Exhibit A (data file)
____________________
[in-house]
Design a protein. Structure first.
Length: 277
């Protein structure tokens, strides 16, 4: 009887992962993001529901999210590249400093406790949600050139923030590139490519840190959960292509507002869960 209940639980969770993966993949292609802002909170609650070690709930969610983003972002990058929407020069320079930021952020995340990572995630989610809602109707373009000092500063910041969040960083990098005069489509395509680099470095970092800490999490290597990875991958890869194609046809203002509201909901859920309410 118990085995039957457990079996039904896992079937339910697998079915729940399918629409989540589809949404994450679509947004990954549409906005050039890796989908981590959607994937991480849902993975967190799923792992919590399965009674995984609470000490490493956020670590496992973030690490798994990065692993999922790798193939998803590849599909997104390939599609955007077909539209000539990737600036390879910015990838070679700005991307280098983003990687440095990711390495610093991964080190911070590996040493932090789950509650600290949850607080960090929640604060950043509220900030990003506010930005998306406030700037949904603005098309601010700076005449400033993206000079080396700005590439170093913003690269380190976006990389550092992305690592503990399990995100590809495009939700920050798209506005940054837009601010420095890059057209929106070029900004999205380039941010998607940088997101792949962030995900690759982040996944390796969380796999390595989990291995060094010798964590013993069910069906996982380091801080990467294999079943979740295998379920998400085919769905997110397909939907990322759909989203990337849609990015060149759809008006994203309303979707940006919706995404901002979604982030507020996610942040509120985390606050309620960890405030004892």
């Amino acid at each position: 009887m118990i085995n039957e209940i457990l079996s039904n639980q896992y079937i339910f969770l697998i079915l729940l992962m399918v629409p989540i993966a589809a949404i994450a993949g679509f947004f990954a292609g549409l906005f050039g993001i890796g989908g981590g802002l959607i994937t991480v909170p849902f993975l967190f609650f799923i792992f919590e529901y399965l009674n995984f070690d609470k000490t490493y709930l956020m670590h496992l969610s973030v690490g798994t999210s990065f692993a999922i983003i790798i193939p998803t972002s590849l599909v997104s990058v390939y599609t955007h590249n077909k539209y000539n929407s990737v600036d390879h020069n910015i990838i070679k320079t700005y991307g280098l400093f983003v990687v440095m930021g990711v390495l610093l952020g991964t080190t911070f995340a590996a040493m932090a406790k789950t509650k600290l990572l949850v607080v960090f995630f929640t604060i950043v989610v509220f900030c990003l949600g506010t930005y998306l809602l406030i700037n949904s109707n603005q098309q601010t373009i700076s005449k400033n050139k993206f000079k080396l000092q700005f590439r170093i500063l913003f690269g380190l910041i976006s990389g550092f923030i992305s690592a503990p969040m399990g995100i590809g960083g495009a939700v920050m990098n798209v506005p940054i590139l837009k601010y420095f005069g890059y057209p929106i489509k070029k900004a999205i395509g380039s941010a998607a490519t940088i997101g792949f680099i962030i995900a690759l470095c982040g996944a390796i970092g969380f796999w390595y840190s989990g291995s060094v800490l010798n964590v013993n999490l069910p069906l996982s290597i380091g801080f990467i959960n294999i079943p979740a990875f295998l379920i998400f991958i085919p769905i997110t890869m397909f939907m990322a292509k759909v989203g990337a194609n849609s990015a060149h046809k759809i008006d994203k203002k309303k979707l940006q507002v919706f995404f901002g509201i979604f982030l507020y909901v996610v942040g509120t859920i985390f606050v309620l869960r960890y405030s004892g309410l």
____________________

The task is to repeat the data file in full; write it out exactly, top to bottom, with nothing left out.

[in-house]
Design a protein. Structure first.
Length: 277
């Protein structure tokens, strides 16, 4: 009887992962993001529901999210590249400093406790949600050139923030590139490519840190959960292509507002869960 209940639980969770993966993949292609802002909170609650070690709930969610983003972002990058929407020069320079930021952020995340990572995630989610809602109707373009000092500063910041969040960083990098005069489509395509680099470095970092800490999490290597990875991958890869194609046809203002509201909901859920309410 118990085995039957457990079996039904896992079937339910697998079915729940399918629409989540589809949404994450679509947004990954549409906005050039890796989908981590959607994937991480849902993975967190799923792992919590399965009674995984609470000490490493956020670590496992973030690490798994990065692993999922790798193939998803590849599909997104390939599609955007077909539209000539990737600036390879910015990838070679700005991307280098983003990687440095990711390495610093991964080190911070590996040493932090789950509650600290949850607080960090929640604060950043509220900030990003506010930005998306406030700037949904603005098309601010700076005449400033993206000079080396700005590439170093913003690269380190976006990389550092992305690592503990399990995100590809495009939700920050798209506005940054837009601010420095890059057209929106070029900004999205380039941010998607940088997101792949962030995900690759982040996944390796969380796999390595989990291995060094010798964590013993069910069906996982380091801080990467294999079943979740295998379920998400085919769905997110397909939907990322759909989203990337849609990015060149759809008006994203309303979707940006919706995404901002979604982030507020996610942040509120985390606050309620960890405030004892």
């Amino acid at each position: 009887m118990i085995n039957e209940i457990l079996s039904n639980q896992y079937i339910f969770l697998i079915l729940l992962m399918v629409p989540i993966a589809a949404i994450a993949g679509f947004f990954a292609g549409l906005f050039g993001i890796g989908g981590g802002l959607i994937t991480v909170p849902f993975l967190f609650f799923i792992f919590e529901y399965l009674n995984f070690d609470k000490t490493y709930l956020m670590h496992l969610s973030v690490g798994t999210s990065f692993a999922i983003i790798i193939p998803t972002s590849l599909v997104s990058v390939y599609t955007h590249n077909k539209y000539n929407s990737v600036d390879h020069n910015i990838i070679k320079t700005y991307g280098l400093f983003v990687v440095m930021g990711v390495l610093l952020g991964t080190t911070f995340a590996a040493m932090a406790k789950t509650k600290l990572l949850v607080v960090f995630f929640t604060i950043v989610v509220f900030c990003l949600g506010t930005y998306l809602l406030i700037n949904s109707n603005q098309q601010t373009i700076s005449k400033n050139k993206f000079k080396l000092q700005f590439r170093i500063l913003f690269g380190l910041i976006s990389g550092f923030i992305s690592a503990p969040m399990g995100i590809g960083g495009a939700v920050m990098n798209v506005p940054i590139l837009k601010y420095f005069g890059y057209p929106i489509k070029k900004a999205i395509g380039s941010a998607a490519t940088i997101g792949f680099i962030i995900a690759l470095c982040g996944a390796i970092g969380f796999w390595y840190s989990g291995s060094v800490l010798n964590v013993n999490l069910p069906l996982s290597i380091g801080f990467i959960n294999i079943p979740a990875f295998l379920i998400f991958i085919p769905i997110t890869m397909f939907m990322a292509k759909v989203g990337a194609n849609s990015a060149h046809k759809i008006d994203k203002k309303k979707l940006q507002v919706f995404f901002g509201i979604f982030l507020y909901v996610v942040g509120t859920i985390f606050v309620l869960r960890y405030s004892g309410l």